In this modern day and age, the world finally seems to be starting to understand that female stereotypes are offensive and not really entertaining — but not everyone in Hollywood has gotten the memo yet. In movies as recent as Jurassic World, Bryce Dallas Howard’s character of career-driven Claire Dearing inspired groans with her cold heart and frosty demeanor — just like all women who care about their jobs more than men, right?
Actually, wrong. Contrary to what decades of film would have us believe, women are so much more than whatever neat category men of one era or another have assigned them: the trophy wife, the ice queen, the manic pixie dream girl. When it comes to options for women of color, categories narrow even further: over and over, Black women are relegated to play the “sassy friend,” while Latina and Asian women have a history of being hypersexualized on-screen.
Things are getting better — for one thing, we’re calling some of these stereotypes out on screen, as Rosamund Pike did so memorably in her “Cool Girl” monologue from Gone Girl. But more importantly, we’re seeing more and more empowered female characters in films who actively defy these stereotypes. You’ll find plenty of people ready to tell you these stereotypical depictions of women (scattered allll across classic film) aren’t a problem, but movies and TV absolutely work to reinforce and suggest ideas about the world — and when stereotypes are put in action in real life, they can and do cause real harm.
In celebration of movies and TV that move the needle forward, here are some tropes for women on-screen we’re ready to leave behind.
A version of this article was originally published in April 2015.
The Perpetually Single Friend
We’re so glad this stereotype has pretty much been retired in recent years. The perpetually single friend just can’t catch a break when it comes to relationships due to their overexaggerated behavior or for no good reason at all. One example is Michelle (played by Kathryn Hahn) in How to Lose a Guy in 10 Day.
The sheltered princess is either exactly as it sounds or someone who’s so sheltered that they crave adventure and danger, something so foreign to them. One example is Audrey Hepburn in Roman Holiday.
More than one woman likes a man? Obviously, the film has to have a man stealer who screws over their friend (imagine our eyes rolling!) Because obviously, romantic interest trumps friendship. This is a bit of a tired concept, and one of the biggest examples is in My Best Friend’s Wedding.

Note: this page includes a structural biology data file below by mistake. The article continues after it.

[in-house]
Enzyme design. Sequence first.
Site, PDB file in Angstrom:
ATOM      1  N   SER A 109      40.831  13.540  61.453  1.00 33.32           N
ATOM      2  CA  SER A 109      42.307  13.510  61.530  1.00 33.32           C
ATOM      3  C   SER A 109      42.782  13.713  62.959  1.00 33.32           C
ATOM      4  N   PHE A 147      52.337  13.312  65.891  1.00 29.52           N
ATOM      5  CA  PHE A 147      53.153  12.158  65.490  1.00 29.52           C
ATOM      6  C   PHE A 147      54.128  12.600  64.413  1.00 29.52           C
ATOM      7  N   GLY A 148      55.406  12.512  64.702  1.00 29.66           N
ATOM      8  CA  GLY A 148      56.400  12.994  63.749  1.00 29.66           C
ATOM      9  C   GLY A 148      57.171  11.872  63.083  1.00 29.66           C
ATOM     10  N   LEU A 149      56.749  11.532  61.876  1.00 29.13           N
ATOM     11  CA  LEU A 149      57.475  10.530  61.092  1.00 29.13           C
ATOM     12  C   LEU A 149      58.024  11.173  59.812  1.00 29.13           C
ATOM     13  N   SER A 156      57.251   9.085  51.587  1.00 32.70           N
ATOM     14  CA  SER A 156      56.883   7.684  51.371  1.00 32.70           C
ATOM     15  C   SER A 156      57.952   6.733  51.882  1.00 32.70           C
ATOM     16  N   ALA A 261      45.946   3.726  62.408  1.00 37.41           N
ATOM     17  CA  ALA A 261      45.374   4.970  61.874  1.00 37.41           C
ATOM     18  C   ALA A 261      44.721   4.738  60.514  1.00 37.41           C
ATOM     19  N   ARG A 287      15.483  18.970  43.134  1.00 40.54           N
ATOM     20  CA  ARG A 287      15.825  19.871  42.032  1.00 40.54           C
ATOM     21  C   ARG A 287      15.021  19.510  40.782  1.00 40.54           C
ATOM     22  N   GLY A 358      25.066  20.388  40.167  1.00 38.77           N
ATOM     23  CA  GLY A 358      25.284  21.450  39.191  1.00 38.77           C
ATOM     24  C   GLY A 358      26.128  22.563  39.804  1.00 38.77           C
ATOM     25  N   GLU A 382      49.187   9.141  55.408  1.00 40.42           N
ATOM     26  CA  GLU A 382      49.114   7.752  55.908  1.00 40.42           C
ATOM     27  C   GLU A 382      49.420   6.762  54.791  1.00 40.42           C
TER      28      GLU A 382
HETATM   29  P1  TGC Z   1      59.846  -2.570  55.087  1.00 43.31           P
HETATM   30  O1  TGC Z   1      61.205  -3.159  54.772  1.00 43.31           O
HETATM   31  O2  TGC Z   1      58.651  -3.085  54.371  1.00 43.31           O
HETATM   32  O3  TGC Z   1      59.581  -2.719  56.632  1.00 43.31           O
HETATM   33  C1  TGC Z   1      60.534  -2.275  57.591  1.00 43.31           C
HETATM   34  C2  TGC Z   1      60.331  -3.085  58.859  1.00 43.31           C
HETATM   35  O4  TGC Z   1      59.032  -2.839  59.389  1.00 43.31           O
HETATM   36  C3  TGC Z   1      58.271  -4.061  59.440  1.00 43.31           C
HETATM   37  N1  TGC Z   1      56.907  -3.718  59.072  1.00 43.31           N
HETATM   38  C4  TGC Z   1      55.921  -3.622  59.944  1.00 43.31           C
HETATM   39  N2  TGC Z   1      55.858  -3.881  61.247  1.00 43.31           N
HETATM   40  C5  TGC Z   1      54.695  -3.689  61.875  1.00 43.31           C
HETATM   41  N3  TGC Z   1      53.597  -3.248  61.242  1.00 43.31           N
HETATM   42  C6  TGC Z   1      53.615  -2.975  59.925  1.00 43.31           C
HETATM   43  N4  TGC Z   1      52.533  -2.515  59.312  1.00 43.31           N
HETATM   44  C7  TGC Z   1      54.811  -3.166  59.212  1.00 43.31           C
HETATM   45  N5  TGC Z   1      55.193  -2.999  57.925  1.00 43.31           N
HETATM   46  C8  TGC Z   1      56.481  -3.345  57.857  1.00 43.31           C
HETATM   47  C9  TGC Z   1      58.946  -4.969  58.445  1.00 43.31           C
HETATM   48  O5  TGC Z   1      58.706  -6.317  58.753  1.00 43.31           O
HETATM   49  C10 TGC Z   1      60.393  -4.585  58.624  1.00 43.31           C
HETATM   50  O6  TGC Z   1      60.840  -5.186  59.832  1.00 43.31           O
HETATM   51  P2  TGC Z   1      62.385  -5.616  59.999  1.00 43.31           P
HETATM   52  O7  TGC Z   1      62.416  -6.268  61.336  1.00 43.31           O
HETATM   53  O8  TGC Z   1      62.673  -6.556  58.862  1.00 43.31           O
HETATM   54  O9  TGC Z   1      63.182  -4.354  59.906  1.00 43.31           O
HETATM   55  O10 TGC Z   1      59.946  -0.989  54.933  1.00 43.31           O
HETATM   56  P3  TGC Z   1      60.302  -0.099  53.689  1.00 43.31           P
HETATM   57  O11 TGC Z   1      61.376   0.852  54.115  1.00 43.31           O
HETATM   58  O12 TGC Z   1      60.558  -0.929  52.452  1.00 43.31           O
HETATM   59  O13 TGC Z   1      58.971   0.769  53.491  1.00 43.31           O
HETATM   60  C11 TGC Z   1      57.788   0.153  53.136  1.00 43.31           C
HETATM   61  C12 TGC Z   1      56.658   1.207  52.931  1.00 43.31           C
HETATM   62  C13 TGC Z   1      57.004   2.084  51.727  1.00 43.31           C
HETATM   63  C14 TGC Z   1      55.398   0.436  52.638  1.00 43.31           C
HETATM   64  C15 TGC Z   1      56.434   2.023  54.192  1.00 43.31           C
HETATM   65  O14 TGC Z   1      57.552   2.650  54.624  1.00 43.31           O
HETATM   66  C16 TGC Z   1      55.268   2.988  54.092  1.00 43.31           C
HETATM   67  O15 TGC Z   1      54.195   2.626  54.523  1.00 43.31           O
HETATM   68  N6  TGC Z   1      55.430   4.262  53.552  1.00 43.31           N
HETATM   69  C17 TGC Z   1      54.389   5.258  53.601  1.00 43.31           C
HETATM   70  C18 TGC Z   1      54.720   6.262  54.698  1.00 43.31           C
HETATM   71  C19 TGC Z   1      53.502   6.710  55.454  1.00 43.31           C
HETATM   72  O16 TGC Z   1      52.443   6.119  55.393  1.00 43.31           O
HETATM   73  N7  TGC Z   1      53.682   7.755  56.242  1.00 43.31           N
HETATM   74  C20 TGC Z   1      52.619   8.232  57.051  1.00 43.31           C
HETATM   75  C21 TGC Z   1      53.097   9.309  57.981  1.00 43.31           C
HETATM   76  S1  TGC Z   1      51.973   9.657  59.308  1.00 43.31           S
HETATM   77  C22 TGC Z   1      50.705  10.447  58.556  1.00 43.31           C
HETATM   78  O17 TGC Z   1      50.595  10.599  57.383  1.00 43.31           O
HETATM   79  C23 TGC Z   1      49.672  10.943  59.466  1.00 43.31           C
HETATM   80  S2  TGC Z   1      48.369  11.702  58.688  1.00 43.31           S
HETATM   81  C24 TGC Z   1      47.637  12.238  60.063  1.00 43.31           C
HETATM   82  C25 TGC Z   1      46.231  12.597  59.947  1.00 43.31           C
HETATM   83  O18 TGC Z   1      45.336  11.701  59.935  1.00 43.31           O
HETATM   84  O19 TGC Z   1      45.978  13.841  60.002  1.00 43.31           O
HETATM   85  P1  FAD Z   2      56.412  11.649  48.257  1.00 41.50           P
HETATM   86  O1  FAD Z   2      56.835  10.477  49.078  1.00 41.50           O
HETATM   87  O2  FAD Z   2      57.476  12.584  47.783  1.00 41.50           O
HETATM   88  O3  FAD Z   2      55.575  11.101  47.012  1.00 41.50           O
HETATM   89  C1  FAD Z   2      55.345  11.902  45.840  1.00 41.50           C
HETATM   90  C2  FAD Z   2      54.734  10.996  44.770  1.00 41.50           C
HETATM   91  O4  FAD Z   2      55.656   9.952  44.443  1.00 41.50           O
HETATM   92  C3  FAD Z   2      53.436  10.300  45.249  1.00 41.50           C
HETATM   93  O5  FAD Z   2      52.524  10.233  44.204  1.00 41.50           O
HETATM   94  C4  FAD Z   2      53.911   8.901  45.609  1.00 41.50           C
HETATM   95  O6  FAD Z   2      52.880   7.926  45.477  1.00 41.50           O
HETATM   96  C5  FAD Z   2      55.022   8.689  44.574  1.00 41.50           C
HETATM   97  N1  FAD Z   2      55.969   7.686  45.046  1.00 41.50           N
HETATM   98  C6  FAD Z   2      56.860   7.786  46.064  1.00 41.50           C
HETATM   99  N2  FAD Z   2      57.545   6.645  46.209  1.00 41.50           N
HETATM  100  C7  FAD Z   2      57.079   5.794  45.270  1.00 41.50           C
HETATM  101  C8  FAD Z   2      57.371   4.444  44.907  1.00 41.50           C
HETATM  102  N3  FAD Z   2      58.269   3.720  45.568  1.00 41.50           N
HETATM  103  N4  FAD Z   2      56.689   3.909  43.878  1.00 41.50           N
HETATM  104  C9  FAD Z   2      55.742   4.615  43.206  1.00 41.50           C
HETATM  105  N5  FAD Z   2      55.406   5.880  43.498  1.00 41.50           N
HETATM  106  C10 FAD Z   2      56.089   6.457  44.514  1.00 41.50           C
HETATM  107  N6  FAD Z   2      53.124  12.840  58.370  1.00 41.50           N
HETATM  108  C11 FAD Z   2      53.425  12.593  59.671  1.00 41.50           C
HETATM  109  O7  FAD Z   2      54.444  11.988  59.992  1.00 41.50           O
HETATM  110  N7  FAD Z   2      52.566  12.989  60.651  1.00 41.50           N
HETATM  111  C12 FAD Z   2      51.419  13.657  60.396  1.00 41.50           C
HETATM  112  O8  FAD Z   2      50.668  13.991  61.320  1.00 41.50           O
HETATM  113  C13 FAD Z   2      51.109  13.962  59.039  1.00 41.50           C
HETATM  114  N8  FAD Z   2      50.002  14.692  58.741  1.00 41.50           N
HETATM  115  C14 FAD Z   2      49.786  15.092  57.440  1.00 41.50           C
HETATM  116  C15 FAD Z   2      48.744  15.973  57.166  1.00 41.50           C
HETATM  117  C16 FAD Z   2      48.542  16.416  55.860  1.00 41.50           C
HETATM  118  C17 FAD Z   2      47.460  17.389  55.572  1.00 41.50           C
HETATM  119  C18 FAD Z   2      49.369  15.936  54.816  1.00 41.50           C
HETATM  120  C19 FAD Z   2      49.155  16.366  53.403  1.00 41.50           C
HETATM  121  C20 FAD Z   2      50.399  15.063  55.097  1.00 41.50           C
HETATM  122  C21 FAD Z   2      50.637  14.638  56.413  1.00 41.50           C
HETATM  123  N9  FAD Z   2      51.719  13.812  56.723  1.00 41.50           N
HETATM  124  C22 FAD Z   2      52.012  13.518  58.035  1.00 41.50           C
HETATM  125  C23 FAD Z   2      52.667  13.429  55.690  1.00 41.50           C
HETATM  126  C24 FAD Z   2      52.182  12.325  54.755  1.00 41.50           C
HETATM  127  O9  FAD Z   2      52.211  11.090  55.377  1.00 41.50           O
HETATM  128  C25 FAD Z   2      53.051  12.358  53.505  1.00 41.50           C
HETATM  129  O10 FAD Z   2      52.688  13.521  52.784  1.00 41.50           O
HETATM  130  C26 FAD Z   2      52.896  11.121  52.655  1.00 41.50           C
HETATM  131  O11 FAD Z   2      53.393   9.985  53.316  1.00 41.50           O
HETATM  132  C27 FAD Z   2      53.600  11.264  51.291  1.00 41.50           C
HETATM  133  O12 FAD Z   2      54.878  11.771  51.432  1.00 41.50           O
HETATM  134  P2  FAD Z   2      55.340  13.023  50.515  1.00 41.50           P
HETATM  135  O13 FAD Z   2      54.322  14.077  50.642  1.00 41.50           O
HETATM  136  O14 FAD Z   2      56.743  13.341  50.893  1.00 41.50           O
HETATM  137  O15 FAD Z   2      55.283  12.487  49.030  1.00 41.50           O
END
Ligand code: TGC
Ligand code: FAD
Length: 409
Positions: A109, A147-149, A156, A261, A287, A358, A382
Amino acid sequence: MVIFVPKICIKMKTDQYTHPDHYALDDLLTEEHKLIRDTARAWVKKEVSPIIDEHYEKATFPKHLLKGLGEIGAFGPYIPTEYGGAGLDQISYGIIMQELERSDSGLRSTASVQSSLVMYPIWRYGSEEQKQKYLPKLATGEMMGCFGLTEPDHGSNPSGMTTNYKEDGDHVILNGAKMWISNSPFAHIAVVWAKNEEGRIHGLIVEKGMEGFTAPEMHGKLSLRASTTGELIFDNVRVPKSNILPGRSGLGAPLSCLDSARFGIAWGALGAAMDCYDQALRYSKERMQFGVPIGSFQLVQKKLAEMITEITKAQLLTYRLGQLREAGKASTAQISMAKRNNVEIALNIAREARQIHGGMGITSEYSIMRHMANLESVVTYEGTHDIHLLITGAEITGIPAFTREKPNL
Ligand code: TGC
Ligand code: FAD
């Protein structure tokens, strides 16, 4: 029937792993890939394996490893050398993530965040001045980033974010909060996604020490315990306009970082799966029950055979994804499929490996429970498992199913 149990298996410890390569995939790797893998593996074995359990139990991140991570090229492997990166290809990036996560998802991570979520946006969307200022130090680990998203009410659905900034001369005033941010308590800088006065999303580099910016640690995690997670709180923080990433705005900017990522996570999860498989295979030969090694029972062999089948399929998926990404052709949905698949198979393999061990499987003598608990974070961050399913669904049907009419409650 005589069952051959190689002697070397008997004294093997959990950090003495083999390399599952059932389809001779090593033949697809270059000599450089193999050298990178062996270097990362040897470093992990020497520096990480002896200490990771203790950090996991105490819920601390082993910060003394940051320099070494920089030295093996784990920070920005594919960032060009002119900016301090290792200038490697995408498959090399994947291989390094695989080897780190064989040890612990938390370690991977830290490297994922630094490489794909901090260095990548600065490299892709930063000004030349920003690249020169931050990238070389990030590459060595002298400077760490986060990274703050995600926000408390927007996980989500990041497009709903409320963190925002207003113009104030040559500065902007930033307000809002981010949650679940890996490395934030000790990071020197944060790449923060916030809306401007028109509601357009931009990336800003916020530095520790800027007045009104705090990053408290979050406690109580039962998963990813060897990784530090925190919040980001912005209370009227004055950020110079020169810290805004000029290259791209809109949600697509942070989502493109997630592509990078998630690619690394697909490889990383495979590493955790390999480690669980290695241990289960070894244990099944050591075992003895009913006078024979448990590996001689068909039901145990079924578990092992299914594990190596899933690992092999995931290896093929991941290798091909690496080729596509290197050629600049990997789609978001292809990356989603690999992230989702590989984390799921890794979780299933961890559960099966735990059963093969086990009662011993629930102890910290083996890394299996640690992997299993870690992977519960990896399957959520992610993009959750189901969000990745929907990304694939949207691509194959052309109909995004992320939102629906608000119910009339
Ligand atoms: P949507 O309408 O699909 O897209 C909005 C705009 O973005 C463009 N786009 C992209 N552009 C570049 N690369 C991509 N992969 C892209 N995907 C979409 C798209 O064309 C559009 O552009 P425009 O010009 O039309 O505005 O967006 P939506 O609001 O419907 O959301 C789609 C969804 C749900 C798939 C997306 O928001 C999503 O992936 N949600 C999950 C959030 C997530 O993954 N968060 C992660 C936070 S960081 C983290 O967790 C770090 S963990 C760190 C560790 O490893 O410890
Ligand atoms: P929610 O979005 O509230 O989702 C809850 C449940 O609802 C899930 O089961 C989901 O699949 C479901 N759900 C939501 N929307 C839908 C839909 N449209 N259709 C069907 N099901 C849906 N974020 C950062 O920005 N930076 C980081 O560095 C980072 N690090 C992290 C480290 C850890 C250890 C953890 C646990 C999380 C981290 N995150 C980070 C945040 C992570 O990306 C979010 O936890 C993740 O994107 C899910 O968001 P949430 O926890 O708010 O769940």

This trope has gotten so rampant that there are so many jokes about your man falling for his sexy secretary. One of the biggest examples of a sexy secretary that steals a man’s heart is in Love Actually.
Love Obsessed BFF
There’s always one in a fantasy or romcom, and she’s always there talking about the most romantic love out there. The biggest example is Idina Menzel’s character in Enchanted. She literally left her family, friends, and amazing job behind for a man she had just met to go into a cartoon world. Girl what.
Can we retire the evil stepmother trope once and for all? (Kate Bosworth agrees with this!) It’s outdated and there are so many amazing stepmoms. We’ll let Jennifer Coolidge’s evil stepmama in A Cinderella Story alide because of how iconic she is.
If you loved 27 Dresses, you definitely hated Malin Akerman’s character, where she lied and was basically an evil sister to her loving sister.
Of course, the woman has to take care of everything around the house, even if it’s not her own family. The caretaker role can become toxic quickly, with her taking care of everyone but herself like Scarlett Johansson’s character in The Nanny Diaries.
The Cool Girl
Taken from Gillian Flynn’s Gone Girl novel, Rosamund Pike delivers the “Cool Girl” monologue in David Fincher’s 2014 film as a way to skewer men’s real-life expectations of “coolness” — but it works for criticizing movie portrayals of women too, with Flynn citing Cameron Diaz’s beer-loving There’s Something About Mary character as one of her main inspirations. Kate Hudson’s basketball-obsessed How to Lose a Guy in 10 Days character, Cobie Smulders’ Robin in How I Met Your Mother, and Olivia Wilde’s Kate in Drinking Buddies all come to mind too.
Here’s the monologue in full: “Men always say that as the defining compliment, don’t they? She’s a cool girl. Being the Cool Girl means I am a hot, brilliant, funny woman who adores football, poker, dirty jokes, and burping, who plays video games, drinks cheap beer, loves threesomes and anal sex, and jams hot dogs and hamburgers into her mouth like she’s hosting the world’s biggest culinary gang bang while somehow maintaining a size 2, because Cool Girls are above all hot. Hot and understanding. Cool Girls never get angry; they only smile in a chagrined, loving manner and let their men do whatever they want. Go ahead, shit on me, I don’t mind, I’m the Cool Girl.”
The bridezilla is a normally sane woman who loses her freaking mind due to the stress of wedding arrangements. She believes her impending wedding is “her day” and forgets about her fiancé as she mows down everyone getting in the way of her perfect day. Examples include Kate Hudson and Anne Hathaway in Bride Wars.
Asexual Career Woman
Basically, this woman wants it all, and she sacrifices her youth and sex appeal to get it — because obviously women can’t really have it all, right? Um, yes we can, so just stop it, Hollywood! Examples include Anna Kendrick in Up in the Air and Meryl Streep in The Devil Wears Prada.
The Trophy Girlfriend